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New Zealander Jacinda Ardern, an icon to many, quits

WELLINGTON, New Zealand (AP) — New Zealand Prime Minister Jacinda Ardern, who has become a global icon leftist and exemplifying a new style of leadership, said Thursday that she would step down.

At only 37 years old when she became a leader, Ardern has been praised around the world for her handling of the country’s worst-ever mass shooting and the early stages of the coronavirus pandemic. But she faced mounting political pressure at home and a level of vitriol from some that had not been felt by previous New Zealand leaders.

Yet his announcement was a shock throughout the country of 5 million people.

Holding back tears, Ardern told reporters in Napier that February 7 would be his last day as prime minister after five and a half years in office.

“I know what this job takes, and I know I don’t have enough left in the tank to do it justice. It’s as simple as that,” she said.

Lawmakers from his Labor Party will vote for a new leader on Sunday.

Ardern became an inspiration to women around the world after winning the top job in 2017. She seemed to herald a new generation of leadership – she was about to be a millennial, had turned a few records in as a part-time DJ, and wasn’t married like most politicians.

In 2018, Ardern became the second elected world leader to give birth while in office.. Later that year, she brought her baby girl to the floor of the United Nations General Assembly in New York.

She won center-left victories as right-wing populism rose around the world, pushing through a bill to net net carbon emissions by 2050, overseeing a ban on assault weapons and largely keeping the coronavirus out of New Zealand for 18 months.

Her approach to the pandemic has drawn the ire of US President Donald Trump, and she pushed back against Trump’s wildly exaggerated claims about the spread of COVID-19 after he said there had been a massive outbreak and “It’s over. for New Zealand”. It’s all gone.

“Was angry the word?” Ardern spoke about Trump’s comments in an interview with the Associated Press at the time.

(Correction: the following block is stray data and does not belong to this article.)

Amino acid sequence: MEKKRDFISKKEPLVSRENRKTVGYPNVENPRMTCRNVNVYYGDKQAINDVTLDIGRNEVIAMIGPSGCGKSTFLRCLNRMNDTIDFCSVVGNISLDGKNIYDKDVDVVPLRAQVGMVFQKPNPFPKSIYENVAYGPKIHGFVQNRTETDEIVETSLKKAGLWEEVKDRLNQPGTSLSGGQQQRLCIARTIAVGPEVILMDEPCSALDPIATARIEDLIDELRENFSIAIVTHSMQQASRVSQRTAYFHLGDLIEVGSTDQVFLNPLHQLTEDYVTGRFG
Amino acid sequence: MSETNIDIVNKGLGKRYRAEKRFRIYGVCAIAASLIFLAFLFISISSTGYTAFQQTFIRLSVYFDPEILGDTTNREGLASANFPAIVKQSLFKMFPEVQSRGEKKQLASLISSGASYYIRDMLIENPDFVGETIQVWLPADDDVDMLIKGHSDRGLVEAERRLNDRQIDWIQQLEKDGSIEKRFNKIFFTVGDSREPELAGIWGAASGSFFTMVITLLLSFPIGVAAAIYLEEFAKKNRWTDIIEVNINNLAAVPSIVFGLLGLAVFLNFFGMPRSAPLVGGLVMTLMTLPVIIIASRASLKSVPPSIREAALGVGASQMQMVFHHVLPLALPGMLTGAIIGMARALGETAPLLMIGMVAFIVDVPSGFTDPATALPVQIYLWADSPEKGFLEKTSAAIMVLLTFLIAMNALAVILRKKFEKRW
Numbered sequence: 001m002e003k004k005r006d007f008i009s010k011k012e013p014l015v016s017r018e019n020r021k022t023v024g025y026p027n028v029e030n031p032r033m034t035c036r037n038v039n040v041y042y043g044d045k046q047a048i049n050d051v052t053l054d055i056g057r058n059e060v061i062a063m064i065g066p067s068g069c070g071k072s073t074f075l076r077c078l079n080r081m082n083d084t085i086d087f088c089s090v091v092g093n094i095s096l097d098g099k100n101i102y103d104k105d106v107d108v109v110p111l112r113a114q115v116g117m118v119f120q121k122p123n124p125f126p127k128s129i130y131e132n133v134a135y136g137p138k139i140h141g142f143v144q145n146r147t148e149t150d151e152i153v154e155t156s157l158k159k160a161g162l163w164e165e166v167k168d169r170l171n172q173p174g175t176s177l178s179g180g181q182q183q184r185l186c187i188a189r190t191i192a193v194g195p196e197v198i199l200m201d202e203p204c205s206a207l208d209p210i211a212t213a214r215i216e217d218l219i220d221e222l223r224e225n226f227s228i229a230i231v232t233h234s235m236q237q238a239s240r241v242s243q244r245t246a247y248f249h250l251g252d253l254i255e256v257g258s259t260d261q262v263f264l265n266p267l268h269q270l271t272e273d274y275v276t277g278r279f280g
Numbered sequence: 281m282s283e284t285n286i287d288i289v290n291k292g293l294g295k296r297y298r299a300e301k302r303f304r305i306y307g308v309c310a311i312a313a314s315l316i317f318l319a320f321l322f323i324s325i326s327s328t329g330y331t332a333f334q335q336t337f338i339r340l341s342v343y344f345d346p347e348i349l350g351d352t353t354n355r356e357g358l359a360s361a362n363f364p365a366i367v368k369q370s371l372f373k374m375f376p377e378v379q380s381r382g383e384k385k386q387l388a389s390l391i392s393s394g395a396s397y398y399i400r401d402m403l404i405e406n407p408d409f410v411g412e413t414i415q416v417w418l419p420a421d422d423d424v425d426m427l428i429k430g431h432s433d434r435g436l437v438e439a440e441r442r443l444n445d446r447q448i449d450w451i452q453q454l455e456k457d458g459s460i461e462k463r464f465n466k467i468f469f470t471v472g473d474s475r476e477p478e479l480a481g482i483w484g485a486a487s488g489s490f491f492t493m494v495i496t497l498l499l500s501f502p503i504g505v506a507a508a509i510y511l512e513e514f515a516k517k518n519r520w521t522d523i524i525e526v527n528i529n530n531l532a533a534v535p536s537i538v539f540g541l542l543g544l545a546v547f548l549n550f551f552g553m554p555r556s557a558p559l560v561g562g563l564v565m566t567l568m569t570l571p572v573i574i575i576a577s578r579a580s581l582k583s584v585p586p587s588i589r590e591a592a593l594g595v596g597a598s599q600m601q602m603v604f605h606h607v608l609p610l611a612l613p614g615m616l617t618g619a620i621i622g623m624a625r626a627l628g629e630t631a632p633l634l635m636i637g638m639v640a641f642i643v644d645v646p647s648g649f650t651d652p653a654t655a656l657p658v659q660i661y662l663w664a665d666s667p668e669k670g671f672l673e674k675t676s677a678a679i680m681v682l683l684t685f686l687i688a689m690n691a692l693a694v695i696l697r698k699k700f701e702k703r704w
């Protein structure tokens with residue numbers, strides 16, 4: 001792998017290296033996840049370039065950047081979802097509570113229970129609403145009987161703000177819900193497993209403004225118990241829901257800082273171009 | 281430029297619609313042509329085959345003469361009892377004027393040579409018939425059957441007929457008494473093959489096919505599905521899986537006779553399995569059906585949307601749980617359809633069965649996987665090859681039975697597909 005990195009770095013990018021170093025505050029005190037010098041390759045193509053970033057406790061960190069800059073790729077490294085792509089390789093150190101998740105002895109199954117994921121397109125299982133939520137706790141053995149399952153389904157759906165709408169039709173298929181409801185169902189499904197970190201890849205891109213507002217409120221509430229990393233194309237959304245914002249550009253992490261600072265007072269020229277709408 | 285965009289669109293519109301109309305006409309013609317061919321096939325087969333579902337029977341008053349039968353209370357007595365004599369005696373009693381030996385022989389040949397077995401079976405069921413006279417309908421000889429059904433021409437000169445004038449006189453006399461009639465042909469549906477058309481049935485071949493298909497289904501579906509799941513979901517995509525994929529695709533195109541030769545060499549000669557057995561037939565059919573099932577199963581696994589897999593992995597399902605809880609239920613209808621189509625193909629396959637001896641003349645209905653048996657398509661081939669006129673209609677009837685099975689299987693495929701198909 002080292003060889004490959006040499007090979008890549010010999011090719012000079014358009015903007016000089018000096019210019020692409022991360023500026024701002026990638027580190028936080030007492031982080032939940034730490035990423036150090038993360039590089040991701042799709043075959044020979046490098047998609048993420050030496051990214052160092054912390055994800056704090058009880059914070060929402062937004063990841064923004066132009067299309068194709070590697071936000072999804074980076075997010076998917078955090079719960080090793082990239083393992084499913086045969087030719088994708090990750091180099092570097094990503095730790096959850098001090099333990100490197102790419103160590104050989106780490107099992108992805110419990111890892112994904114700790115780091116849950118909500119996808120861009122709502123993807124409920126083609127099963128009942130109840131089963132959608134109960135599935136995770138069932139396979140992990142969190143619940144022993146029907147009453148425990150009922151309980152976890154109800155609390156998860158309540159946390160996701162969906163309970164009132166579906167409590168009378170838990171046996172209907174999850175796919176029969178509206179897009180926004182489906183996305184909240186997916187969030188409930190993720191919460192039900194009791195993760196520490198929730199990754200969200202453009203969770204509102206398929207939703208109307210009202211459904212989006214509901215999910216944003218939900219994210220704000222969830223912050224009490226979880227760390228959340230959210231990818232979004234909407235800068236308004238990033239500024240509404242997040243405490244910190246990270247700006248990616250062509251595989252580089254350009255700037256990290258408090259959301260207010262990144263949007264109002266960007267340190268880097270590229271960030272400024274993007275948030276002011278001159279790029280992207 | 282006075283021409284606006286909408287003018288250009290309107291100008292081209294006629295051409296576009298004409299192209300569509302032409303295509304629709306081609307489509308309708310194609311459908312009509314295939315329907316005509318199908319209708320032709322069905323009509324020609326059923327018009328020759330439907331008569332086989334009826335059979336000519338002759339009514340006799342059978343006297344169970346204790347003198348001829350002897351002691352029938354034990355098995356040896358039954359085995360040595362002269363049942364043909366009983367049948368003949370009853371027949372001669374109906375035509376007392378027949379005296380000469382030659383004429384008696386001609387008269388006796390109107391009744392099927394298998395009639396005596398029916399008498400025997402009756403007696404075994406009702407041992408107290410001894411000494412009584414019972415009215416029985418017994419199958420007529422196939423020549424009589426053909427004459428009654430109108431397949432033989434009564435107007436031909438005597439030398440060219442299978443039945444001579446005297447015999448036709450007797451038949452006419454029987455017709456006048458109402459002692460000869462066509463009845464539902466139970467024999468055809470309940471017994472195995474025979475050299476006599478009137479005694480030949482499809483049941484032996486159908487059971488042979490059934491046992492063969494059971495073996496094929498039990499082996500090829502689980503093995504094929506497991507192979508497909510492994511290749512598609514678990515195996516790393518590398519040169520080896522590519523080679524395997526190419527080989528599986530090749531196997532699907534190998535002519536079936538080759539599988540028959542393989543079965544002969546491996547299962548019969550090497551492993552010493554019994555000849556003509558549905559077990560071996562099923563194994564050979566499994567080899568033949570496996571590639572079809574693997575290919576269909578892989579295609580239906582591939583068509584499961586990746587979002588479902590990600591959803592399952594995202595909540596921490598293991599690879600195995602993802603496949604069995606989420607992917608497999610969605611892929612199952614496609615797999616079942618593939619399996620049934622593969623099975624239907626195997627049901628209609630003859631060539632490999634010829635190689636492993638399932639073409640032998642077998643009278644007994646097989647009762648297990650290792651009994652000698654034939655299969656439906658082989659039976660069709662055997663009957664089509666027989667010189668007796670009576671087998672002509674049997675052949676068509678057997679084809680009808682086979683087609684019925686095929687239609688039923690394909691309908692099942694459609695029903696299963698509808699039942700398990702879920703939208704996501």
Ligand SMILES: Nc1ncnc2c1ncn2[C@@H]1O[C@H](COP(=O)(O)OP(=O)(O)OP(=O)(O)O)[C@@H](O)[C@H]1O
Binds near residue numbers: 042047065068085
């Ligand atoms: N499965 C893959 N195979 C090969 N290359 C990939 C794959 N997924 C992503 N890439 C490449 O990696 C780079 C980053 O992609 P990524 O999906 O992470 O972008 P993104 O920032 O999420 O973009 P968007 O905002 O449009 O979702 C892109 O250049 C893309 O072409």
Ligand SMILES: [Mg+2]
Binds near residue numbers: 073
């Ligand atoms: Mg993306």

In March 2019, Ardern faced one of the darkest days in New Zealand history when a white supremacist gunman stormed two mosques in Christchurch and slaughtered 51 worshipers during Friday prayers. Ardern has been widely praised for her empathy to the survivors and the wider Muslim community of New Zealand thereafter.

After the mosque shooting, Ardern decided within weeks to pass new laws banning the deadliest types of semi-automatic weapons. A subsequent buyback program led by police saw more than 50,000 firearms, including many AR-15 type rifles, destroyed.

Less than nine months after the shooting, she faced another tragedy when 22 tourists and guides were killed when the White Island volcano erupted..

Ardern has been hailed around the world for her country’s initial handling of the pandemic after New Zealand successfully stopped the virus at its borders During months. But she was forced to give up this zero-tolerance strategy as more contagious variants spread and vaccines become widely available.

She faced growing anger at home from those opposing the coronavirus mandates and rules. A protest against vaccination mandates that began on the grounds of Parliament last year lasted more than three weeks and ended with protesters throwing rocks at police and setting tents and mattresses on fire because they were forced to leave. This year, Ardern canceled an annual barbecue she hosts due to safety concerns.

Ardern announced last month that a broad royal commission would examine whether the government had made the right decisions in the fight against COVID-19 and how it could better prepare for future pandemics. A report is due next year.

Many observers said sexism played a role in the anger directed at Ardern.

“His treatment, the heap, over the past few months has been disgraceful and embarrassing,” actor Sam Neill wrote on Twitter. “All the bullies, the misogynists, the aggrieved. She deserved so much better. A great leader.”